March 23, 2009: Two Russian Il-38 maritime patrol aircraft staged a publicity exercise last week, when they flew, at low altitude (500 feet), over a U.S. aircraft carrier off the coast of South Korea. Later, two Russian Tu-142 maritime patrol aircraft flew over another U.S. warship (the USS Blue Ridge, a command and control ship) at 2,000 feet.
Russian maritime patrol aircraft have largely been grounded since the early 1990s, but in the last five years, more money was allocated to get more of these aircraft operational and in the air. The Russian patrol aircraft still fly far less than their American counterparts, so high visibility stunts like this are seen as necessary to make the most of the money invested in getting their naval air force back in action. The 176 Il-38 built are similar to the 757 U.S. P-3 Orions. There are still 161 American P-3s in service, and it is being replaced by the P-8. There are nearly a hundred P-3s in service by other nations.
Russia has about 30 Il-38s in service. There are five Il-38s in use by India. Like the P-3, the Il-38 is a variant of a civil airliner (in this case, the Ilyushin Il-20). The Il-38 showed up in the late 1960s, while the American maritime patrol aircraft was introduced early in the decade. Unlike the P-3, the Il-38 does not carry under wing hard points for anti-ship missiles. In part, this is due to the fact that the Soviets (and later the Russians) had plenty of other aircraft for the long-range maritime strike role (the Tu-16 Badger, the Tu-22 Blinder, and the Tu-22M Backfire). The Il-38 and Tu-142 Bear-F were also intended to operate in a more defensive role (destruction of NATO submarines trying to penetrate into the Barents Sea). The Tu-142 Bear-F, is a variant of a strategic bomber, the Tu-95 Bear. This results in about 50 percent more range than the Il-38 (12,550 kilometers versus 7,200 kilometers for the Il-38). This aircraft can fly from Bombay to Johannesburg without refueling.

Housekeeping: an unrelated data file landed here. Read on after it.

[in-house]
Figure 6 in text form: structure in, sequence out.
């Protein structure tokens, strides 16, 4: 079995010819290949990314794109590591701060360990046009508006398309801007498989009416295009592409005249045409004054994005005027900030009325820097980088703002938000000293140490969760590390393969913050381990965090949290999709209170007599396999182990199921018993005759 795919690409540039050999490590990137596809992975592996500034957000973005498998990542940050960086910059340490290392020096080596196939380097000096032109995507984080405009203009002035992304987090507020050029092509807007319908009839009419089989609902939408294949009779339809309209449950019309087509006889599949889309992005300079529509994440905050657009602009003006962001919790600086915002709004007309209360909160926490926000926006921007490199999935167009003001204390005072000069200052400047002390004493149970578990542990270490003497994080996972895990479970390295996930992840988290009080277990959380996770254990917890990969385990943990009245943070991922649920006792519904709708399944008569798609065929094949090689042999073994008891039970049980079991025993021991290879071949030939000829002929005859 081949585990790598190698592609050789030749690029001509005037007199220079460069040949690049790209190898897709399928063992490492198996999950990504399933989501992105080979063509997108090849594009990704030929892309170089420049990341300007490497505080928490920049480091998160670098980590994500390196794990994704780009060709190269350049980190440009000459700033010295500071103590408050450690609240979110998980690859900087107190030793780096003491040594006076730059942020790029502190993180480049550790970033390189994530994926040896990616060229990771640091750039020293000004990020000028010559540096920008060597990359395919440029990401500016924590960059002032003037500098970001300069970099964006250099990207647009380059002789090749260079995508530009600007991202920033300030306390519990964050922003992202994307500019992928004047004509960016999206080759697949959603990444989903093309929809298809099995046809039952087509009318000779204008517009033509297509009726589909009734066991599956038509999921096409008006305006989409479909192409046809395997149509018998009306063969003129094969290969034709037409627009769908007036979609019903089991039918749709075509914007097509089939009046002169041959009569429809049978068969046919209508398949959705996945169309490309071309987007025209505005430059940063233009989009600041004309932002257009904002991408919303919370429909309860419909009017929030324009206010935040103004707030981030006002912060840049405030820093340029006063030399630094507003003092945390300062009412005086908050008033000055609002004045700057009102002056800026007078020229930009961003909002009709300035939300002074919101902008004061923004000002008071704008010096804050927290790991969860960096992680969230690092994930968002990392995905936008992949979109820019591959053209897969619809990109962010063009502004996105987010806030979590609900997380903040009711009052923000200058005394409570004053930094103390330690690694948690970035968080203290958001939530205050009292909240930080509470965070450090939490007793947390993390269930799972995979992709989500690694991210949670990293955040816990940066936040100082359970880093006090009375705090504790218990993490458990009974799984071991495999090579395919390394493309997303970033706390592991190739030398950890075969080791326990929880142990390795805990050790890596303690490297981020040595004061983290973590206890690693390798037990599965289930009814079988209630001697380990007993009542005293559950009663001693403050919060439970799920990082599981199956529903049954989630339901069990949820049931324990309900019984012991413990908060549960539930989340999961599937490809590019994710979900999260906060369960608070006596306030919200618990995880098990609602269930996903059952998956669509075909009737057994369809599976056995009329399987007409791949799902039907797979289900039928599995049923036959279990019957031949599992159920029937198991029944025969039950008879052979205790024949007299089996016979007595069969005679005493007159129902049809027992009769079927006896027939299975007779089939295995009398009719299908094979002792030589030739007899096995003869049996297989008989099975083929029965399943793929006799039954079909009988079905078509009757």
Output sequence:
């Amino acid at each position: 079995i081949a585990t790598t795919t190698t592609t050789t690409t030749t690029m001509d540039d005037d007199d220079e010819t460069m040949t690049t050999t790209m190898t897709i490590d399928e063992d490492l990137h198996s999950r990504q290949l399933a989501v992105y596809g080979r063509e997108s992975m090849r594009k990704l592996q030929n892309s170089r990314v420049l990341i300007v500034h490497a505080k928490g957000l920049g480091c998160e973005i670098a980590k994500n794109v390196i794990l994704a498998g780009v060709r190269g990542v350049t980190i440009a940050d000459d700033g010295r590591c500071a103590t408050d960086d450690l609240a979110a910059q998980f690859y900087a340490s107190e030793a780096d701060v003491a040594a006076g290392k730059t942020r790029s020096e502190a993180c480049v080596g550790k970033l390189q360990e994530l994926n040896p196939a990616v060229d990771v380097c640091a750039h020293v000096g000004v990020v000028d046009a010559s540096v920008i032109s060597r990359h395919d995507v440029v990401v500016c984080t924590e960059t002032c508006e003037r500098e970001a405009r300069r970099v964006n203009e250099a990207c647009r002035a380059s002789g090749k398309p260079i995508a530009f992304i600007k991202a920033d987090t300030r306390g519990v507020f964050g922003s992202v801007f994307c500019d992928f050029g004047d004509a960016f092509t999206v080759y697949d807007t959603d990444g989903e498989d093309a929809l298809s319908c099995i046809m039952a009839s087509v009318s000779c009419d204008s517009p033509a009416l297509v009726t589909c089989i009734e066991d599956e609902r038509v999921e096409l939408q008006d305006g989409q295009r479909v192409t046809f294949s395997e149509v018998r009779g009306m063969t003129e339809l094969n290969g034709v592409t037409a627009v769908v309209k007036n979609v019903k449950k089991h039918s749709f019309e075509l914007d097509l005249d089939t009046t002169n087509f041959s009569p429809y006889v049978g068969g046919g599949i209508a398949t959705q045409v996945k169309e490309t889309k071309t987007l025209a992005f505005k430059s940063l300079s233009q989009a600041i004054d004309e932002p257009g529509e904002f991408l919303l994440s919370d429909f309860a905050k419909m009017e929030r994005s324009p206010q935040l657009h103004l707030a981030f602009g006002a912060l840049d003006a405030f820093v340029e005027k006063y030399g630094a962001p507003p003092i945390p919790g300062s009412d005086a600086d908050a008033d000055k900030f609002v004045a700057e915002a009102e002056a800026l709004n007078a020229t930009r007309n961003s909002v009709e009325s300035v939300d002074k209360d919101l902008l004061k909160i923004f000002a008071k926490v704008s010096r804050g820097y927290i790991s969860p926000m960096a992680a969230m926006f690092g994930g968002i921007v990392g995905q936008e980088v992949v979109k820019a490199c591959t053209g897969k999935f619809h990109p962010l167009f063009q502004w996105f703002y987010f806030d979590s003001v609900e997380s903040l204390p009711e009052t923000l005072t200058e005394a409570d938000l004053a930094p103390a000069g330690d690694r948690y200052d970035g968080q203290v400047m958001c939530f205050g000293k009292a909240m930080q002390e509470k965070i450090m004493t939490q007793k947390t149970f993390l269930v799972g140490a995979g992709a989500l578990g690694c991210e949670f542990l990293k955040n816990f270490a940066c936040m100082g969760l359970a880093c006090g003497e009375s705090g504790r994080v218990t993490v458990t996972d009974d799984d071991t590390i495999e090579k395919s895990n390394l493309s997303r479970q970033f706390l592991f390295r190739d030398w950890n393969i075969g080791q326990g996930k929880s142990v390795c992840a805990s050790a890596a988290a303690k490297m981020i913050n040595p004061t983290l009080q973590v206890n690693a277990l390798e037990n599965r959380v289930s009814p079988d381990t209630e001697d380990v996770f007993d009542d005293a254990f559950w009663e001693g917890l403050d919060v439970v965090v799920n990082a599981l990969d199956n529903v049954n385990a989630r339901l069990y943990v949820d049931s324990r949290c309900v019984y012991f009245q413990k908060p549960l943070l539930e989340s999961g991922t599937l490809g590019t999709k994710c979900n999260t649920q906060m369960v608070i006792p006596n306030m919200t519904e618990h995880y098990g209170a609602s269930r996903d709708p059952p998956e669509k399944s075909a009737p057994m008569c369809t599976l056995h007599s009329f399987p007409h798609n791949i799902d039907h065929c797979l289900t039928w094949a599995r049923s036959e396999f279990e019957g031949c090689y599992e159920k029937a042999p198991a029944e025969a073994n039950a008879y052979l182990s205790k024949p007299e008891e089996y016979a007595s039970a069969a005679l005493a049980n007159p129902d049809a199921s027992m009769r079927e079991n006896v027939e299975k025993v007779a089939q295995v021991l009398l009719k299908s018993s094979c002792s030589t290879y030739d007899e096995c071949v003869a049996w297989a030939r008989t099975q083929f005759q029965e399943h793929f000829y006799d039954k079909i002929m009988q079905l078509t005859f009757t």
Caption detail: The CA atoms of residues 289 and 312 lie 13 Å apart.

Over the last six years, Russia has developed an upgrade program for Il-38s. Refurbished Il-38s have sensors that enable them to detect surface vessels, aircraft and submarines up to 150 kilometers away. Mines can be detected a few kilometers away, depending on their type. The sensors include a synthetic aperture/inverse synthetic aperture radar (for night and fog operations), high-resolution FLIR (forward-looking infrared), LLTV (low light television) camera, new ESM (electronic support measures) system and a new MAD (magnetic anomaly detector). The aircraft can now carry antiship missiles, in addition to torpedoes, bombs, depth charges and electronic decoys. The refurb is expected to keep the aircraft viable until about 2020. India is upgrading its Il-38s, but only a few Russian aircraft are getting the same treatment. P-3s have always had much more modern and powerful equipment than the Il-38.